10 Day 4 -Saturday, November 13th Traveled to Camaguey. The city of big clay water pigs Visited Represa 1 – a very large cattle ranch(grass vs grain feed lot)called "Empressa Pecana de Cuba Rectangulo-finishing on rangeland; divided into blocks 1- 2 HA larges with combination of Bermuda and legueme (Leucaena leucocephala cv.); doing much A.I. breeding of Brahman and Brown Swiss and other breeds for dual purpose (milk and beef). Local ranchers put on small rodeo with calf roping and bull riding for us to see.

11 Day 5- Sunday, November 14th Visited private farm owner – Jose Casimilo of Del Medio - his farm is part of CCS Co-op farm – volunteer assn of small farmers – (different than large UBPC system); associated with co-op, production can be sold by farmers; they had: tobacco,cattle, bees, horses, children, vegetable garden with compost; very old farm house, 3 children-work on farm with wife; in middle of several years of a drought. Wind mill-irrigated 50% of crops.No chemicals – all organic.farmer; invented his own sugar cane shredder for the livestock.

12 Day 6-Monday, November 15th Santa Clara - "La cuidad del Che" Visited the University of Central de Las Villas Marta Abreu Presentations by: Council of. Churches in Cuba, Etno veterinaria en Guatemala presentation. Visited 12 HA-very large UBPC Dairy farms with grass from Mexico "Lecheria Aleman, UBCP Desembarco del Granma"- hybrid Mulato brashiaria and king grass, sugar cane; no concentrate for cattle food;no fertilizers of herbicides; cut grasses by hand for hay; large production of worms and compost and rabbits. Visited "La Plaza del Che" Guevara with the very large memorial and area edicated to Che Guevara and those who fought with him in the revolution; took in the history of the city where there were significant battles of the revolution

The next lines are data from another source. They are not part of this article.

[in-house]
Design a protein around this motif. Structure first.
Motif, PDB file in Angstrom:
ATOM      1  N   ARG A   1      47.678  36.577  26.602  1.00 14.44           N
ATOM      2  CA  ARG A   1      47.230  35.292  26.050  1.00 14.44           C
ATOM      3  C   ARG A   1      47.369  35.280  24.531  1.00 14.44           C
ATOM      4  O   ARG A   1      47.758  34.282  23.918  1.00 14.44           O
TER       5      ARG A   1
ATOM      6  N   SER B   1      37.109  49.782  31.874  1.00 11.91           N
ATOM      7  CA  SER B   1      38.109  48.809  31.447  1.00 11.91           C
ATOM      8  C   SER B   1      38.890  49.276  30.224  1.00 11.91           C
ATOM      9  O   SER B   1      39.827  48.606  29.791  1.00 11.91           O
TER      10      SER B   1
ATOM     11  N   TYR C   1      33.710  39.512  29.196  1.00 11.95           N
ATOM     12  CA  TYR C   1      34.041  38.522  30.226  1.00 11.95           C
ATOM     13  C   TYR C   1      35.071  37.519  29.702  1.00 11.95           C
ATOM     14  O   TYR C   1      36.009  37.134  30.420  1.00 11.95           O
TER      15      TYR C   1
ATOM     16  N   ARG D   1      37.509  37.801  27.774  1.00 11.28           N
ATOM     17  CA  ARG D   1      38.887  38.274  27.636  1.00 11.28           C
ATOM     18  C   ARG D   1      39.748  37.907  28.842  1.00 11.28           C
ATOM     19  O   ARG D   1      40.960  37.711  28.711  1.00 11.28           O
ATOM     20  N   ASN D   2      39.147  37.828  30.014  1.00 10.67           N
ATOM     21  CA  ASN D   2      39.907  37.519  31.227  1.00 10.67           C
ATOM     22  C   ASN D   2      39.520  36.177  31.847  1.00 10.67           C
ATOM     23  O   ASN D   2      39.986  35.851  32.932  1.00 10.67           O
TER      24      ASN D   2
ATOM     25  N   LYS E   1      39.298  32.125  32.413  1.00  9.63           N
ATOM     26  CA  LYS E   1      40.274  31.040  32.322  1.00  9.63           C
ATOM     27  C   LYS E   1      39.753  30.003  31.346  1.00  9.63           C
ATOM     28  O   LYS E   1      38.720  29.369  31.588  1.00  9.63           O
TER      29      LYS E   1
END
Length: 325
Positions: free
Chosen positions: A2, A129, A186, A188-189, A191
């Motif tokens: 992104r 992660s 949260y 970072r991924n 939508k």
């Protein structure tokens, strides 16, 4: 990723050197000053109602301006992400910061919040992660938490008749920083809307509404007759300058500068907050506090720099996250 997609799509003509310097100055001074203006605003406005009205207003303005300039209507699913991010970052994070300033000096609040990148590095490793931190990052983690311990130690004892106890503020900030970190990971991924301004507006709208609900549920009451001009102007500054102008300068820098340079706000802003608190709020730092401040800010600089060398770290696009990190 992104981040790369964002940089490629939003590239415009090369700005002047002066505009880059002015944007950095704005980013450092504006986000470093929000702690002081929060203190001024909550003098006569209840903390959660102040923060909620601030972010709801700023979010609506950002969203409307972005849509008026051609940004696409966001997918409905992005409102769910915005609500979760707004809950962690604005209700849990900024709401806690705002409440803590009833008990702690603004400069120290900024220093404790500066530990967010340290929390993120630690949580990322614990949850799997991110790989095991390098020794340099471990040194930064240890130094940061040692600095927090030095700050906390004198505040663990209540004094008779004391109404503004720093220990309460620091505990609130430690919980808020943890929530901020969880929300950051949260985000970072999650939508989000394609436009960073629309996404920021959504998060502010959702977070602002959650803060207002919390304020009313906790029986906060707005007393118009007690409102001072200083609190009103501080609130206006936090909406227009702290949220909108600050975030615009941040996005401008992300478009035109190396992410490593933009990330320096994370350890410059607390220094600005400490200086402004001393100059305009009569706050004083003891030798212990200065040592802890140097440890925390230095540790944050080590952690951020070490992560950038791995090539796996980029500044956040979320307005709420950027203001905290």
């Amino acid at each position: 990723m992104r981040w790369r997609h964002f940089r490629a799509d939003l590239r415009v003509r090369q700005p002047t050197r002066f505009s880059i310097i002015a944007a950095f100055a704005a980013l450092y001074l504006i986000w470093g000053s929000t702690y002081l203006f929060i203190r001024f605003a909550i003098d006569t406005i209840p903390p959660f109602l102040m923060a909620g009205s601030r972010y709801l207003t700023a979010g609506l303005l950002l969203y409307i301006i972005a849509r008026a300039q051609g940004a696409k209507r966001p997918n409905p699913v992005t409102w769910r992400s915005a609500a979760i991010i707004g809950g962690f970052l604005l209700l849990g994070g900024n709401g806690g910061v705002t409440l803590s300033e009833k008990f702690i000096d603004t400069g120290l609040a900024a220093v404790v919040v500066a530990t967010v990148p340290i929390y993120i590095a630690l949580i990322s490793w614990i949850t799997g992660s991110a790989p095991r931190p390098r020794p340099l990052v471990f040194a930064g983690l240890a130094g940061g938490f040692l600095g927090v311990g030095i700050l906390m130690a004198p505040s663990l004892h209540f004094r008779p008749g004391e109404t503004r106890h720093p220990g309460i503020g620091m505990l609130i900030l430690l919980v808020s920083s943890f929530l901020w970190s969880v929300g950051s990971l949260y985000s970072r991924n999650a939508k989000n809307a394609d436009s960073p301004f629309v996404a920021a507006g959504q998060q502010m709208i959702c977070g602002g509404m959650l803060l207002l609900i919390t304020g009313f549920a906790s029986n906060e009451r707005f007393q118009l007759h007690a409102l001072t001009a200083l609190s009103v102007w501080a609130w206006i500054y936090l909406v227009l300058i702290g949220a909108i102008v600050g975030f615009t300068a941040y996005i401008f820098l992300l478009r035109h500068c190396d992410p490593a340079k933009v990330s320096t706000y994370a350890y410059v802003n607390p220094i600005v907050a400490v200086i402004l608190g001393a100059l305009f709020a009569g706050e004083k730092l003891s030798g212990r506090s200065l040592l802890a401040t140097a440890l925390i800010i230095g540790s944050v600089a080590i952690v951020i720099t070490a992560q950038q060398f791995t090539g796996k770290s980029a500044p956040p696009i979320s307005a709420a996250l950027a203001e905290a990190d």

13 Day 7- Tuesday, November 16th La Atenas de Cuba near the city of Matanzas Visited large research station with turf grass test plots and pastures called Indio Hatuey; highlights included: --turf grass trial plots with several bermuda species, incl. UGA varieties; agroforestry system with cattle and goats and legume (locust variety) trees. --mulberry shrub production for grazing of cattle, sheep & goats, rabbits, and also harvested for hay.

14 Day 8- Wednesday, November 17th travled to tourists area of the beach of Varadero, about one hour northeast of Havana-- there were many golf courses there and tourists from all over the world; all of the groups made presentations of their findings and conclusions of the week long visits; these presentations were made to the general assembly of conference attendees as well as VIP guests including the vice-minister of agriculture, Dr. Morlales, and the FAO-Unambassador to Cuba, and symposium organizers.

15 Day 9 -Thursday November 18th - Traveled to Havana the evening before and got to see a few historic sights in the city at night including the fort at the entrance to the habor and the old cathedral; enjoyed a late night meal at the home of Dr. and Mrs. Morales; left from Havana airport Thursday am with Dr. Morlaes and asistant to once again help with check-in and deportation formalities.